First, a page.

As a child, Shannon Shepherd’s eyesight was so bad that when his mother asked for assistance from the superintendent in his school district, she was told to keep him at home and let him catch butterflies. Fortunately, his mother did not heed that advice and now the 35-year-old is an art teacher and has his work on display in art shows across Kentucky.
“When you do something you really enjoy it gives you a good feeling that nothing else can. That happens for me with art and with teaching, especially when the student succeeds,” Shepherd said.
The Magoffin County native was born with a visual impairment and has worn glasses for severe nearsightedness since he was four years old. But even with glasses, Shepherd had to stand near the chalkboard or get notes from other students because he could not read the board.
Shepherd said he knew he wanted to continue his education after high school and have a career instead of continuing to receive Social Security benefits but he did not know how to accomplish that goal.
In his senior year, Shepherd began working with Kentucky Office for the Blind (OFB) Rehabilitation Counselor Mike Hall to choose a career that fit his abilities and interests.
Hall took Shepherd to the Kentucky Rehabilitation Center for the Blind, now called the Charles W. McDowell Rehabilitation Center, for an initial evaluation for college in 1987. “I was very hesitant about going to Louisville because I was so scared,” Shepherd said.
He returned to the center in 1988 for about three months of training on typing, job skills, interview skills and life skills. Those classes also improved his self-esteem, Shepherd said.
OFB provided him with a typewriter and assistive technology and helped him enroll at Lees College in Jackson where he earned an associate’s degree in arts in 1990. While at Lees College, he worked as an assistant resident counselor during the summers for the Governor’s Scholars Program and realized that he wanted to teach art.
Most of Shepherd’s teachers and fellow students were not aware of his visual impairment. “I didn’t want people to know because I didn’t want people to feel sorry for me or give me something I didn’t earn,” he said.
Shepherd continued his education at Morehead State University (MSU) where he earned a bachelor’s degree in art education and a teaching degree in 1993 and a master’s degree in studio art in 1999.
“It’s 99 percent the individual. I think the person has to really want it. Shannon wanted it. He would have been successful at whatever he chose,” Hall said. “We just provided the way but he did the work. Our agency affords people the opportunity but they have to do it.”
Shepherd’s first teaching position was in Floyd County elementary schools. In 1995, he became an art teacher at Betsy Layne High School in Floyd County.
For the most part, Shepherd has not needed OFB’s services since he started teaching but this year he sought assistance from the agency when his wife Stephanie died from cancer. Shepherd and their two children relied on her to drive because Shepherd’s visual impairment kept him from getting a driver’s license.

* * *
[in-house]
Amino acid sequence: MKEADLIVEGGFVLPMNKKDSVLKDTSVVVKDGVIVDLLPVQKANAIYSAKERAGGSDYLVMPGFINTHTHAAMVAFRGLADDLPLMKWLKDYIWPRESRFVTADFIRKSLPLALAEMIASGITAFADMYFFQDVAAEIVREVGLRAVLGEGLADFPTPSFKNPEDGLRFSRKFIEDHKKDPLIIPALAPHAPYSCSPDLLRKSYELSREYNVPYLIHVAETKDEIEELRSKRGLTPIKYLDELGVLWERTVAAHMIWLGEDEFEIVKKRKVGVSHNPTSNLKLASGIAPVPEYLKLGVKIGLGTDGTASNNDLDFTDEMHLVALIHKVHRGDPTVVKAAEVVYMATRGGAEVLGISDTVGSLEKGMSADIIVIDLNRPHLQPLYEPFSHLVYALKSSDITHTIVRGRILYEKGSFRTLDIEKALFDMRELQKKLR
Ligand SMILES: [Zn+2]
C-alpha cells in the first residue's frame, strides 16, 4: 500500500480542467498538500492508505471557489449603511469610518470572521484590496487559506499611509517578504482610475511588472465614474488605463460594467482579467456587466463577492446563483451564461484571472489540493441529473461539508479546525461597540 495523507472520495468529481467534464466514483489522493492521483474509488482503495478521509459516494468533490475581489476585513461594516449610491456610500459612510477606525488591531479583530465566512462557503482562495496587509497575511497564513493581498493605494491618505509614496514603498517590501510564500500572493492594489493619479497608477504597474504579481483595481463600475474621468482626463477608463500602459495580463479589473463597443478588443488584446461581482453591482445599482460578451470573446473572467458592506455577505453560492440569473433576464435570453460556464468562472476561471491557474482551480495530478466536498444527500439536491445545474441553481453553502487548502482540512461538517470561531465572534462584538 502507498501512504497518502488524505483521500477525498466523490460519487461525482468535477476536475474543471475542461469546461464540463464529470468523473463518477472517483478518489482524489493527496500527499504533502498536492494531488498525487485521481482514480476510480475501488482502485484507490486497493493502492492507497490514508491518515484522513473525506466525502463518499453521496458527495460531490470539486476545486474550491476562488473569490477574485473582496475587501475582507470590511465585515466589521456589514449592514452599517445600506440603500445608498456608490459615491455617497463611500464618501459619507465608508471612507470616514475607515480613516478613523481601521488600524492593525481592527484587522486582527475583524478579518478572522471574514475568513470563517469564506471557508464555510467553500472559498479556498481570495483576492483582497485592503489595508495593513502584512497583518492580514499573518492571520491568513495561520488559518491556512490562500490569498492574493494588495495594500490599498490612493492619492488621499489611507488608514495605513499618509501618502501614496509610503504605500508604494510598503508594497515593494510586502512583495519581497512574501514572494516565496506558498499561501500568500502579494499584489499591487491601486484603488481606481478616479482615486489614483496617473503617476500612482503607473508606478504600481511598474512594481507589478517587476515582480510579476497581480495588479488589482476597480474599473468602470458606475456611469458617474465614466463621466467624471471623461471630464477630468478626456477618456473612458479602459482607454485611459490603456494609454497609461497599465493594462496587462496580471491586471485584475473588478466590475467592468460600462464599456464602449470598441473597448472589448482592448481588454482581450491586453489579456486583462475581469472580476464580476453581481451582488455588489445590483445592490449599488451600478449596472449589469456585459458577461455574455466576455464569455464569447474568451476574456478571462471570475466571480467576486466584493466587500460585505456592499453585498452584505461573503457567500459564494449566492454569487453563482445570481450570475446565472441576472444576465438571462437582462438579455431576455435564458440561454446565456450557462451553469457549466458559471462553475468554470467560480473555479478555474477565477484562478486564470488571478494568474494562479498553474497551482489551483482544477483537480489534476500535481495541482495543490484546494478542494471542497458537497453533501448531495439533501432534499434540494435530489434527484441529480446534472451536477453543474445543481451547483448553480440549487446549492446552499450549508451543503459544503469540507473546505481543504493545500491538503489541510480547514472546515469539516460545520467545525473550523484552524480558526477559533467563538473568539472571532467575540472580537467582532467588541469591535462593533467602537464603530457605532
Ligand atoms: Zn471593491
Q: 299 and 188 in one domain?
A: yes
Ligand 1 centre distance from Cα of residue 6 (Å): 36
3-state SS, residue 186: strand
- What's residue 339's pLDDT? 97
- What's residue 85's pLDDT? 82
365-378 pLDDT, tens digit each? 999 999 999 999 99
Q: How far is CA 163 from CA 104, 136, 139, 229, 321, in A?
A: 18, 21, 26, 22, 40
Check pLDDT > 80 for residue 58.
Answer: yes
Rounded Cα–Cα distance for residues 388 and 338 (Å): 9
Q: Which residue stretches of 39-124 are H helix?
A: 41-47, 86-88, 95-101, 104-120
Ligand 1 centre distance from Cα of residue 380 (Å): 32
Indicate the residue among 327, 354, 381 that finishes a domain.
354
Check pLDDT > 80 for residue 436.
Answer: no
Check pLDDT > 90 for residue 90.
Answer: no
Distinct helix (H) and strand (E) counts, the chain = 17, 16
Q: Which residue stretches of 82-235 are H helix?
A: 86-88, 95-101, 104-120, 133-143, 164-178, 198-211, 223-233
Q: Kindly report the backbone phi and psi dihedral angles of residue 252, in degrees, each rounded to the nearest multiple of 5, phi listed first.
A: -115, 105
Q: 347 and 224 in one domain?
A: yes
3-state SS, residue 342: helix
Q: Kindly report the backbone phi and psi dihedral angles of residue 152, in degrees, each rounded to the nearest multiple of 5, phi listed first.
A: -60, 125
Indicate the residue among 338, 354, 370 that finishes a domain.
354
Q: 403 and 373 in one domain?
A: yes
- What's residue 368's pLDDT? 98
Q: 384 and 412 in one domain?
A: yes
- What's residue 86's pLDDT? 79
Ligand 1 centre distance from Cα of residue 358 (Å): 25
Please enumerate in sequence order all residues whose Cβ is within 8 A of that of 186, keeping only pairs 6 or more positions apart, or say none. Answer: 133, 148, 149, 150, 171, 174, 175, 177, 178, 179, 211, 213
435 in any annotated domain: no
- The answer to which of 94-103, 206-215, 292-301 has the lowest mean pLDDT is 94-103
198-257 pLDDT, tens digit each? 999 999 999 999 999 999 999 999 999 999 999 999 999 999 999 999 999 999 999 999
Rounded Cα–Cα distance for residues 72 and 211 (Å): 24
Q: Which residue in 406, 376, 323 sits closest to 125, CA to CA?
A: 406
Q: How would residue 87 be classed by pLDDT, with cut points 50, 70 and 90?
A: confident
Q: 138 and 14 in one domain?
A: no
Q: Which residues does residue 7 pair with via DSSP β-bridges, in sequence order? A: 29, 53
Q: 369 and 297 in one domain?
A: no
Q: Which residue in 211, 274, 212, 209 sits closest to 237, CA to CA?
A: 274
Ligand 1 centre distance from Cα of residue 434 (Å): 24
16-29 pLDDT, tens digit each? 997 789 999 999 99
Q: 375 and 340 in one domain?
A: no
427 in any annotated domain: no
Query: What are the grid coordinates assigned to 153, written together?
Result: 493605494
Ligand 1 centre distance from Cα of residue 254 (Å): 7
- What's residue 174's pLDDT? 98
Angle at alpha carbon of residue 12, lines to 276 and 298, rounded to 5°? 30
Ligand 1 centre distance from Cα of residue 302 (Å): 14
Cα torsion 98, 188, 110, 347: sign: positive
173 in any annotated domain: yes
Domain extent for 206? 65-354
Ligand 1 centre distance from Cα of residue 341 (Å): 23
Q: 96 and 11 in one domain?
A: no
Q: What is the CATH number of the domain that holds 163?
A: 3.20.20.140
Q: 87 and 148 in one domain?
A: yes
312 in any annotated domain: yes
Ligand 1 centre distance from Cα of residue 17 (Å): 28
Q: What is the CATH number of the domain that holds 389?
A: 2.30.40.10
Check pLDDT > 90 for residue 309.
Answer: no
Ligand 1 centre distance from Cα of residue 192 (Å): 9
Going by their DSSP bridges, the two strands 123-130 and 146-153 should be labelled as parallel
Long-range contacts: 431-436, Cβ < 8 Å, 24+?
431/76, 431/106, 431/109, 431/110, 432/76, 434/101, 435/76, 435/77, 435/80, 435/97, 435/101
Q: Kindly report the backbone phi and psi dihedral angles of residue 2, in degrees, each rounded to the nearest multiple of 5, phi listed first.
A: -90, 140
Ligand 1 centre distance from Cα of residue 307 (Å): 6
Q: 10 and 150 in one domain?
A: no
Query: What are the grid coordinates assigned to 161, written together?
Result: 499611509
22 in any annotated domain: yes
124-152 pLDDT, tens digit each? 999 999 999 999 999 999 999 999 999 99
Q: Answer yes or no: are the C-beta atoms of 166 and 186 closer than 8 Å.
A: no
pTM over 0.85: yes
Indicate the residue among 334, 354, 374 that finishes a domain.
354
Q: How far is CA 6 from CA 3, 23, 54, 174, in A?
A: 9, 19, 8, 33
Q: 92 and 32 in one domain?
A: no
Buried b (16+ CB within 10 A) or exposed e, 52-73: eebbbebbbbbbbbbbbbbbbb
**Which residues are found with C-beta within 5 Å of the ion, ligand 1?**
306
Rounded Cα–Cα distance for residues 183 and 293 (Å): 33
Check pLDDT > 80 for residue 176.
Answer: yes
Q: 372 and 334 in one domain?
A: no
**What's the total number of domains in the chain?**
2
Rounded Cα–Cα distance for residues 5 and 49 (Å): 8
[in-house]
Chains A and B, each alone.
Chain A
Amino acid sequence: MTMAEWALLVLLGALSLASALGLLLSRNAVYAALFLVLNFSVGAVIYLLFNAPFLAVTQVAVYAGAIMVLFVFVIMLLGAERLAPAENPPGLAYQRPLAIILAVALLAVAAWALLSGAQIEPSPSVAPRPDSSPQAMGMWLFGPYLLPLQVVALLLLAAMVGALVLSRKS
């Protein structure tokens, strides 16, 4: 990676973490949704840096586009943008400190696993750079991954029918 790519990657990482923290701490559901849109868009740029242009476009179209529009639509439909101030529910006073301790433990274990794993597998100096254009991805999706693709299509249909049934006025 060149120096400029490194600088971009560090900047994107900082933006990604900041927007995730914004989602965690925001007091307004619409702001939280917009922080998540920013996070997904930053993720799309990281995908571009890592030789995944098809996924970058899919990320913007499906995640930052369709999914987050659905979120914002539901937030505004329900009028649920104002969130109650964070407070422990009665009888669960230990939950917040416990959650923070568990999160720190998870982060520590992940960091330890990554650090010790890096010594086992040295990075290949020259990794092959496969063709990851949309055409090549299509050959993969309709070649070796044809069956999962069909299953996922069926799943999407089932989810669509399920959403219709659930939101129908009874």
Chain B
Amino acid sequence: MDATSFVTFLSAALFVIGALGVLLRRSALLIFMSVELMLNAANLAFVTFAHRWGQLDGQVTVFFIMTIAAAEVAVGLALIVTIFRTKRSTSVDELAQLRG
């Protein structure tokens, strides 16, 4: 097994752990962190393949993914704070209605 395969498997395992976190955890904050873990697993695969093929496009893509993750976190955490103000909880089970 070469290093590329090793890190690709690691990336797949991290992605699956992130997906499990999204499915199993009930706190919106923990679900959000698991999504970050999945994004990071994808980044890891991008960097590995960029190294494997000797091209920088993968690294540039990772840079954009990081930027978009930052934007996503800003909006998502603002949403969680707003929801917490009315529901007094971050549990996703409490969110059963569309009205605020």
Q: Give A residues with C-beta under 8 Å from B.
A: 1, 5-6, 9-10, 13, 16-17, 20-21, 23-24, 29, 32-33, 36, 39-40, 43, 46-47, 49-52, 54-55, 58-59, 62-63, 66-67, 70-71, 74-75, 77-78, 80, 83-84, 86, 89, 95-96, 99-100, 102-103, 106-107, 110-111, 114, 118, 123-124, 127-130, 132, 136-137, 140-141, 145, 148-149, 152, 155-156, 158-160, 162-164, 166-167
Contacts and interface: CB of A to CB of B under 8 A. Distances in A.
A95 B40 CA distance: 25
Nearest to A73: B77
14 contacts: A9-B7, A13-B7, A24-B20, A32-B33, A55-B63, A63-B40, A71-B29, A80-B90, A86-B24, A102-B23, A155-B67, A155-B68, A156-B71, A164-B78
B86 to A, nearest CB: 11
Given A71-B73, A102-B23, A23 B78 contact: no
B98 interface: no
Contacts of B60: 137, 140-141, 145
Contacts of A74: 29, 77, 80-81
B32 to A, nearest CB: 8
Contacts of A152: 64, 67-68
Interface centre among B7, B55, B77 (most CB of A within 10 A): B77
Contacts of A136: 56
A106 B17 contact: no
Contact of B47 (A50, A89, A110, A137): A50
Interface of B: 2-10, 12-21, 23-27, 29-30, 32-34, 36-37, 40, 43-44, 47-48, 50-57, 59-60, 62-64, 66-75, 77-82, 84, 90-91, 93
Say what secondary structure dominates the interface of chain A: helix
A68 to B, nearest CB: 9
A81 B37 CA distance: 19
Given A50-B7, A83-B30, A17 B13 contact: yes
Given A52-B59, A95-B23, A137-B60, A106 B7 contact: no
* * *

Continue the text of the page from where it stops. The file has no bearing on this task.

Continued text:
“She was my best critic, my compliment, my other half,” Shepherd said about his wife.
The couple was worried about how Shepherd would get to work, how he would get their children to activities and about the family becoming isolated. They thought the family would have to move after her death to an urban area with public transportation, but Shepherd found out about OFB’s Bioptic Driving Program and contacted the agency.
Shepherd had to meet the program requirements, complete 30 hours of instruction with a trained specialist and be fitted for bioptic glasses that magnify road signs before taking the driving test. Now Shepherd can drive to work and stay in his rural community.
“I had the desire to go to school and do art. I believe God opened doors when it was time and OFB was one of those doors and the bioptic driving program was one of those doors,” Shepherd said.
This fall, Shepherds’ paintings and printmakings have been on display at MSU at the Claypool-Young Art Gallery, Prestonsburg Community College and touring Kentucky with Appalashop’s Images from the Mountains. In the past few years, Shepherd’s artwork has been displayed at the Kentucky Governor’s Mansion and the Mountain Arts Center in Prestonsburg.
Shepherd’s subjects reflect his Appalachian upbringing with images of log cabins and remaining chimneys from long abandoned mountain homes.
“I like realism. I prefer rural subjects. I guess it’s because I grew up with it,” Shepherd said about his artwork. “All my spare time was spent in the hills.”
Shepherd said he feels fortunate to have been involved with the people at OFB. Their assistance has helped him to be independent and given him guidance. His success was recognized by the agency when Shepherd received the 2004 OFB Vocational Achievement Award recently.
“It (OFB) afforded me opportunities. When I was 18 it opened a door for me. I knew I wanted to go to school. It let me know it was possible. It opened by eyes to another world outside of Magoffin County. It encouraged me to pursue going to school,” Shepherd said.
OFB is an agency of the Department for Workforce Investment in the Education Cabinet.
The Education Cabinet coordinates learning programs from P-16, and manages and supports training and employment functions in the Department for Workforce Investment. For more information about our programs, visit www.educationcabinet.ky.gov or www.workforce.ky.gov or call 502-564-6606.